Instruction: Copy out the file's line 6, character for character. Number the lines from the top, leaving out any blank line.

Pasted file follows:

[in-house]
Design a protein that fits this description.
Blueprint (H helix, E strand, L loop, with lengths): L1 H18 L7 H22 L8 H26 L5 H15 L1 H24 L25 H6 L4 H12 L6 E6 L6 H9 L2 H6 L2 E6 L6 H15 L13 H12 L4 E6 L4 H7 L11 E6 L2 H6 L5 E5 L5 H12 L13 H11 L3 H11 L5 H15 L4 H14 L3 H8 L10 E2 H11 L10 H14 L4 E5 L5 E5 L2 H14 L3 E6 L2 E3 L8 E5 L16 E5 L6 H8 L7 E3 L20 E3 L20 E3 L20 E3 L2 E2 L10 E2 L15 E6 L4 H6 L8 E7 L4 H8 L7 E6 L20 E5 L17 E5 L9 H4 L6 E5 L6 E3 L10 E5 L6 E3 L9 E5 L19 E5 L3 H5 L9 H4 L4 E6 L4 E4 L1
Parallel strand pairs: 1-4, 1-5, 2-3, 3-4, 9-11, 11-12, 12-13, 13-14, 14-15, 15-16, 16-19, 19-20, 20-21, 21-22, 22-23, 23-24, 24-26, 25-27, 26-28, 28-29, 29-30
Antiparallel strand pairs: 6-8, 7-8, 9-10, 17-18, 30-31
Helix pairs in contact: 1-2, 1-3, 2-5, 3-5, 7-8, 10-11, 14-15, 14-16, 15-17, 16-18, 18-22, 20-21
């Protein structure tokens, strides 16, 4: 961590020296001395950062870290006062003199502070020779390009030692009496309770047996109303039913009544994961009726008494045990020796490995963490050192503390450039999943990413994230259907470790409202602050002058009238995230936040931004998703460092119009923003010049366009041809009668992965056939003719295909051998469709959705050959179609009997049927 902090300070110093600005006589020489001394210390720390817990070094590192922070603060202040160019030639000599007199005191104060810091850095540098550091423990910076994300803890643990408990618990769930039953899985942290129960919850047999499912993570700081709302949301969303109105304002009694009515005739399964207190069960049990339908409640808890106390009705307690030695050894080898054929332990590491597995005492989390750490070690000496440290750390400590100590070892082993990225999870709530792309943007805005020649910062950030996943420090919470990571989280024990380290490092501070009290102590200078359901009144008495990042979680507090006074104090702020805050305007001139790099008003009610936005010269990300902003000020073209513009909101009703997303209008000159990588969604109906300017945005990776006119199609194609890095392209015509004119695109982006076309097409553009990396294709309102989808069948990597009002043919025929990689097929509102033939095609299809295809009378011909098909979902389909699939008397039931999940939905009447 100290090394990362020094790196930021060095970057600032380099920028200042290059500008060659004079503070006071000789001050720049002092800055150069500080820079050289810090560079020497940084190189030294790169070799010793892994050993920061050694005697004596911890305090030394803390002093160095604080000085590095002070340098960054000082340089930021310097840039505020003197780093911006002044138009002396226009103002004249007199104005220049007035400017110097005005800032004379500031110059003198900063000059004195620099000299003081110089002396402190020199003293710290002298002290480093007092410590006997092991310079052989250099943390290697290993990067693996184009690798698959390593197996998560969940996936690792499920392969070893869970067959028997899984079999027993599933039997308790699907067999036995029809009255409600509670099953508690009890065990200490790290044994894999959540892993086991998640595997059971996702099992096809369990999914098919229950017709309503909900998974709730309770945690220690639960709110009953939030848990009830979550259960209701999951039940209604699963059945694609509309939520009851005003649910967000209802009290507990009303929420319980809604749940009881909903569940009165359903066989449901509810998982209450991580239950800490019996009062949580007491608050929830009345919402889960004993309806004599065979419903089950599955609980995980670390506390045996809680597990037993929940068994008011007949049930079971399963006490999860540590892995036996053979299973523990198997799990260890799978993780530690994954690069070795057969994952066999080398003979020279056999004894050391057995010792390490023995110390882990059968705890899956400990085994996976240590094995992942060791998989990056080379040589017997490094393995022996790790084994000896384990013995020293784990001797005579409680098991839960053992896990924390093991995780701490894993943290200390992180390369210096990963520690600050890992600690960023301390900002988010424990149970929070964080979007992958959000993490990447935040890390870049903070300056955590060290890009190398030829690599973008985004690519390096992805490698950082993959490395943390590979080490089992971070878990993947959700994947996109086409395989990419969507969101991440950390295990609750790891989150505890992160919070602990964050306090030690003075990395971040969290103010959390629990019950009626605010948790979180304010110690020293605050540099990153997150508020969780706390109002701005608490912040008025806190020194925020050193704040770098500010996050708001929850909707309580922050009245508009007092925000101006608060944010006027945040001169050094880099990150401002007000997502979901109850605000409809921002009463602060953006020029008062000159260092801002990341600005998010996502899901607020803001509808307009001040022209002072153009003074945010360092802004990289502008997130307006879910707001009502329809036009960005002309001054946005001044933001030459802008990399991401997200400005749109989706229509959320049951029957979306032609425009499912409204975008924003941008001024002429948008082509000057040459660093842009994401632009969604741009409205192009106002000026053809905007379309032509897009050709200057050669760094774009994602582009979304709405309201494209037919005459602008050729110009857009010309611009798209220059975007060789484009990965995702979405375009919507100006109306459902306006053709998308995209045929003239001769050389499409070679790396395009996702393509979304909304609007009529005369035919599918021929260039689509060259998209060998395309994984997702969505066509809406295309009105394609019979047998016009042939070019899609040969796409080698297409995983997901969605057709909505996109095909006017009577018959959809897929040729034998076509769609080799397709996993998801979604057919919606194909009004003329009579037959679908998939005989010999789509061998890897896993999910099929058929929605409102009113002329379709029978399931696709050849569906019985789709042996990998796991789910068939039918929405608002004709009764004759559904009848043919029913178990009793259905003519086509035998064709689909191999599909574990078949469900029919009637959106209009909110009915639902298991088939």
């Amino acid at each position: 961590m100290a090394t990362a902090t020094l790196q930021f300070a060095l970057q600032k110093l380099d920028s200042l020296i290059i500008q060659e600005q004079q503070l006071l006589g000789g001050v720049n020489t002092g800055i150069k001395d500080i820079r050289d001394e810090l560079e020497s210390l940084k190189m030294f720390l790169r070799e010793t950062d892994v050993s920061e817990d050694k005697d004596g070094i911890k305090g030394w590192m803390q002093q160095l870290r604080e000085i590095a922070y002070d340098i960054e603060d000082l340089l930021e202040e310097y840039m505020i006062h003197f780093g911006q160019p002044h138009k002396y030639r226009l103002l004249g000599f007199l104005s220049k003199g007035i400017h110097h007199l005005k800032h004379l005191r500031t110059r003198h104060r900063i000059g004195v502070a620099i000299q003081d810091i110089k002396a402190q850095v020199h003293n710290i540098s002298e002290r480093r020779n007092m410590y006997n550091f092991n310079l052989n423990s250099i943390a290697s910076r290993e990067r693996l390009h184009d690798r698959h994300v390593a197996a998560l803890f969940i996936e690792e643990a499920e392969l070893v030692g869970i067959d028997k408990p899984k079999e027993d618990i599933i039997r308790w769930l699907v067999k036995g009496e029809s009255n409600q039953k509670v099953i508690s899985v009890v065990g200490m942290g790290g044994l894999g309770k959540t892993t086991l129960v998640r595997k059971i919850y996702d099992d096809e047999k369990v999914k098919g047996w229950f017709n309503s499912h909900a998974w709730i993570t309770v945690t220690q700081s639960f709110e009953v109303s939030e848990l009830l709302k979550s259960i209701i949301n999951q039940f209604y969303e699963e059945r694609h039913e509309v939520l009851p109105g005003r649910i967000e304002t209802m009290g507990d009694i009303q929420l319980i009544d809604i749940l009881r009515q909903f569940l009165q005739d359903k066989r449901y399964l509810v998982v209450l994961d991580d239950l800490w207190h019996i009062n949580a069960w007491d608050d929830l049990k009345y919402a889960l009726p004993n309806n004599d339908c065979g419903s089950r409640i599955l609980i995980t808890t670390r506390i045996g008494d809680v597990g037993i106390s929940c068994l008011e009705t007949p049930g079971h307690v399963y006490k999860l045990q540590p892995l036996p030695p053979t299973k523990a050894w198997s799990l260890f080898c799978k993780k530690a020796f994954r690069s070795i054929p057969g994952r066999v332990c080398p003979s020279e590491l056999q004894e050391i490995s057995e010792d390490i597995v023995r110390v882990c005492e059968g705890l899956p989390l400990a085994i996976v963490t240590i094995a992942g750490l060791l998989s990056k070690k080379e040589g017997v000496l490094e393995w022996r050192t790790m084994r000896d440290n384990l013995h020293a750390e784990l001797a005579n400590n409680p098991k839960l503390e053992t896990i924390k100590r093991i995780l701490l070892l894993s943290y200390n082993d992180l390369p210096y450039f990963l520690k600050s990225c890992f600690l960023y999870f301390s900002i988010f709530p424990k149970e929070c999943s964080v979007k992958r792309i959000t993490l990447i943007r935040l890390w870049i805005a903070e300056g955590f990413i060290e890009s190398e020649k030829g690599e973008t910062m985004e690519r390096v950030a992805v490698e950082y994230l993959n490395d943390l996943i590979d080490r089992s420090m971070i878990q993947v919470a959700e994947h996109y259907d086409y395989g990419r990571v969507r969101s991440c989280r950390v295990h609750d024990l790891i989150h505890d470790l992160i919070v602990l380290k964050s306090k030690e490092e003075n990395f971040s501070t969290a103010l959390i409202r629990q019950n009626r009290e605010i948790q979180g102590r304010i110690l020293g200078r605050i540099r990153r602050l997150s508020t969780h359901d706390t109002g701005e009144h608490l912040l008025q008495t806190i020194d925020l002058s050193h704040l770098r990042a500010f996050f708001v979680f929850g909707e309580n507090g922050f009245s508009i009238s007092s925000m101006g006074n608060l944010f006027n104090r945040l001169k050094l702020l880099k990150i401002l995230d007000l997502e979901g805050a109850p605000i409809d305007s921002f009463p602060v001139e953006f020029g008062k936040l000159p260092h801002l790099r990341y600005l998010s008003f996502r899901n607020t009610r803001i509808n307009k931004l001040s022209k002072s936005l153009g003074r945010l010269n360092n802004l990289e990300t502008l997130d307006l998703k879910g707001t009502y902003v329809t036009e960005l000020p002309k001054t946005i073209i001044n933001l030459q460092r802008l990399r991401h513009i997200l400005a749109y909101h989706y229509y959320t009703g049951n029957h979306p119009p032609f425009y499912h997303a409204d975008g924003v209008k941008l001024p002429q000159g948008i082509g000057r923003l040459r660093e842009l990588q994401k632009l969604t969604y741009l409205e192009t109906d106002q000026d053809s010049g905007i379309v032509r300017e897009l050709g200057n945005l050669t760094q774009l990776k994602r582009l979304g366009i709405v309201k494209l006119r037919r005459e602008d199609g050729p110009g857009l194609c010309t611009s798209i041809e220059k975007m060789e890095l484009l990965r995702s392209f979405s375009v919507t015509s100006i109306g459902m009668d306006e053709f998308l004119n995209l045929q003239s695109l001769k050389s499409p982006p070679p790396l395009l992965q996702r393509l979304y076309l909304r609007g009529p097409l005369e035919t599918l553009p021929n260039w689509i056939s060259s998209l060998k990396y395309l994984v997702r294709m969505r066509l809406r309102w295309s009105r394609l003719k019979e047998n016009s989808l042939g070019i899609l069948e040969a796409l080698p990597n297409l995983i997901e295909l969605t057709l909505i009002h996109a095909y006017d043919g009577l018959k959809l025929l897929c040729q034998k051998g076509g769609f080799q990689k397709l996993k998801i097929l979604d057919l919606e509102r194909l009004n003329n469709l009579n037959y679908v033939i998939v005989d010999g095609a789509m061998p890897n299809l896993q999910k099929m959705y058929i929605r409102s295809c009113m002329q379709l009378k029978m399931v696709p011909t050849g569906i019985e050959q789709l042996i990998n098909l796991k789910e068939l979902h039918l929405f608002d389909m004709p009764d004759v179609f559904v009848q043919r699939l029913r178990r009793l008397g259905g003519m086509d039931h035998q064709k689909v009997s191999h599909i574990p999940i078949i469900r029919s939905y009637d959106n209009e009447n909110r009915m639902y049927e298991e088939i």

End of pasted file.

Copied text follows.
Helix pairs in contact: 1-2, 1-3, 2-5, 3-5, 7-8, 10-11, 14-15, 14-16, 15-17, 16-18, 18-22, 20-21